Low expectations. Parents aren't very well educated, so they expect their children to only be a little better than them. They aren't demanding much from their schools, and the teachers aren't demanding very much from the students. This doesn't apply to all schools in the state. There are some excellent public schools with demanding parents and teachers, but the averages are lowered by the Delta region. Also, integration caused many white families to remove their children from public schools and put them in private academies. That was a generation ago, but now those people are putting their kids into private academies because that's where they attended. This removes the best students from the public schools. In many towns in the state (Oxford, Ocean Springs, others), this has not happened, so their schools are better.
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Old 01-02-2008, 12:14 AM
 
Location: Coast of MS
276 posts, read 1,062,222 times
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Quote:
Originally Posted by SaintLaurent View Post
Because Mississippi is backwards and worthless. Who the hell would want to live in that hell hole?
Sadly, too many people have that mentality. When I told my family I was moving there, they asked why, it's the poorest state, it's this, it's that. I left after Katrina and I'm about to move back. I LOVE MS! I love the southern hospitality. I love the scenery, I love the people. Now granted, there are some bad areas in MS just like any other state and there are some good area. I've only lived on the coast and I haven't really ventured from the coast unless I was evacuating from a hurricane. It does seem (at least to me) that the coast is the best part of the state. But the state itself is not a hell hole.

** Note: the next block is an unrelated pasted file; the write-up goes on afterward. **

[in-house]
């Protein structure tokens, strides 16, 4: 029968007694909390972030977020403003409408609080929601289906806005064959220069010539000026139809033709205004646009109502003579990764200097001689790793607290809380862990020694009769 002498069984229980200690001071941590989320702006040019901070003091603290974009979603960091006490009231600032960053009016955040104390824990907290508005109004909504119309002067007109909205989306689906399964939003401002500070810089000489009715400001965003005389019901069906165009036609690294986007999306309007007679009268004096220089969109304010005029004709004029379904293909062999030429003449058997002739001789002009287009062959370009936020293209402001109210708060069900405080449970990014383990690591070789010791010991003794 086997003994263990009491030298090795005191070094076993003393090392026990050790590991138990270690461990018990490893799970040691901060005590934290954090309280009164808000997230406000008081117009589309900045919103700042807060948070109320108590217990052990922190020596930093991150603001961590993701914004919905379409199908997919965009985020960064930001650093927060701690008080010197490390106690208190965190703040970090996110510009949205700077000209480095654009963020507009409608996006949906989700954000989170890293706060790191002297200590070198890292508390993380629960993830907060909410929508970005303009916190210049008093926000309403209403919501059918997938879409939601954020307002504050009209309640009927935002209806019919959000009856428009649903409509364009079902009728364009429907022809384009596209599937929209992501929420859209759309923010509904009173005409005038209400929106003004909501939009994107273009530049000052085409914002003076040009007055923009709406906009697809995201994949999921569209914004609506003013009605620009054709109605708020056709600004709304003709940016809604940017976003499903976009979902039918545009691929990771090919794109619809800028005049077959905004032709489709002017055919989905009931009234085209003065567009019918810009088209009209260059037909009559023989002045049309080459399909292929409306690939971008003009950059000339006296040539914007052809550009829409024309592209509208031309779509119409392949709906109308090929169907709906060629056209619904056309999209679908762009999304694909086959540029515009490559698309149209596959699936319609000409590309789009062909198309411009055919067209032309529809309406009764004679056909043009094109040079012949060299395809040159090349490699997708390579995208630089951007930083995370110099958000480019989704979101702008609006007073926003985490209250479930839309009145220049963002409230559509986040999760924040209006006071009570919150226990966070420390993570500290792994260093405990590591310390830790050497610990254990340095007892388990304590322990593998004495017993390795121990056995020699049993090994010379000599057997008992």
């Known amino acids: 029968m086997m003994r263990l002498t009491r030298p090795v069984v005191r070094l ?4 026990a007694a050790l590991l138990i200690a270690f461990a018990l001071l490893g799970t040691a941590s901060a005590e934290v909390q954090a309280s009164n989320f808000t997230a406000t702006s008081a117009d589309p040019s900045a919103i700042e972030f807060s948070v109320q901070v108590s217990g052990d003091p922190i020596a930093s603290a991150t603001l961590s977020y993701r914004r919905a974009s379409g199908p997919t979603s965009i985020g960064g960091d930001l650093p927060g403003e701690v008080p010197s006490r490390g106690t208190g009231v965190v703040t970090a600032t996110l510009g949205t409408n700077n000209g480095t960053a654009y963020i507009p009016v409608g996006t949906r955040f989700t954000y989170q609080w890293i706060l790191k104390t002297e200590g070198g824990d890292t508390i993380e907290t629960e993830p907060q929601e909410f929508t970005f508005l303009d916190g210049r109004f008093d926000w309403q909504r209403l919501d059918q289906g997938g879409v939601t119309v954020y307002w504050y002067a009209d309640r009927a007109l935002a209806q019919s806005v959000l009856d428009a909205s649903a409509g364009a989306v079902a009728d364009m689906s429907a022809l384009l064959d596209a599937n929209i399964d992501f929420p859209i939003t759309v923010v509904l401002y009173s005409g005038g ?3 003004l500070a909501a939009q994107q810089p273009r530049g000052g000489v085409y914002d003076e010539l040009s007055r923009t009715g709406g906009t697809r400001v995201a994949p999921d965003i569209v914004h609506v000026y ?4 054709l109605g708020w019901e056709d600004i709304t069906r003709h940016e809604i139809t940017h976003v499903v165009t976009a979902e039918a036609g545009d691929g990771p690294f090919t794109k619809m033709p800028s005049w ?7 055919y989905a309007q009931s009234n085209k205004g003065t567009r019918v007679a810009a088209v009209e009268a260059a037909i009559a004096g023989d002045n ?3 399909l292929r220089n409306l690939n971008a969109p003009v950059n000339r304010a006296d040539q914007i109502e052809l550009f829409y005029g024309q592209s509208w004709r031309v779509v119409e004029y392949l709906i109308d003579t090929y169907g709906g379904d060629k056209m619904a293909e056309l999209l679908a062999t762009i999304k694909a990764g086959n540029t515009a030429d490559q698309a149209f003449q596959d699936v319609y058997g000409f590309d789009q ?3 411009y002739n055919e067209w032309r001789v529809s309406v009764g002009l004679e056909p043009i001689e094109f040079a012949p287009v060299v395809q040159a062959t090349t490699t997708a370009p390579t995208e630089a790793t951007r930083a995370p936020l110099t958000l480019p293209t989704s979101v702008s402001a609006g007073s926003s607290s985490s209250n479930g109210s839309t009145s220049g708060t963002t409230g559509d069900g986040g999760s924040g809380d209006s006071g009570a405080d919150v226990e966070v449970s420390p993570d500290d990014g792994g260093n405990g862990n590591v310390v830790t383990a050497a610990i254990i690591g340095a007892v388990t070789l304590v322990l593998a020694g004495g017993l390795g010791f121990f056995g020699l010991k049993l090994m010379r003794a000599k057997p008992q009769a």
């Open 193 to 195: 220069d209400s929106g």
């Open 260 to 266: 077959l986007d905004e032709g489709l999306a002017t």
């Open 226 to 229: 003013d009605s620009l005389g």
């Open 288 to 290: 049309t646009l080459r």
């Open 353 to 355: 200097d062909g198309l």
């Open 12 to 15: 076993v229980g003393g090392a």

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Old 01-02-2008, 02:26 AM
 
Location: Houston
1,257 posts, read 2,366,881 times
Reputation: 1231
Quality of life study? Does anyone stop to think of how subjective that can be? Though I only visited briefly in the NE part of the state, I was surprised. I was not met with the what I expected, having read all the hype. Small towns yes , rural yes. I saw poverty and I saw what looked like fairly middle class living. It looked like EVERYWHERE that I have been with similar circumstances. I saw things I loved about the state. Its a beautiful state, the land and the trees. Most folks are gracious and friendly, the kind that make good neighbors. Downside is yes no major metro area. Missing out on some big city benefits and a lot of the detriments as well. For me what I saw of Mississippi was a beautiful place with good people. Please don't buy the hype. Go see for yourselves. Be surprised like I was.


Squidlo
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Old 01-02-2008, 06:27 AM
 
Location: The Great State of Arkansas
5,981 posts, read 17,036,940 times
Reputation: 7659
I just wanted to mention the OP is from JULY...this thread started in General U.S. and was only moved to MS within the last couple of days. And I think for the most part everyone is doing a good rebuttal to what may have been a negative post to begin with.

Having lived in Mississippi for a number of years, I would move back in a heartbeat...a lovely state, and ya'll are about the most polite group on the whole City Data forum! You live in a gorgeous state that fights negative stereotypes all the time, as does much of the south, but it's good to see such pride in your state and such grace under fire as is seen in this forum. Keep up the good work!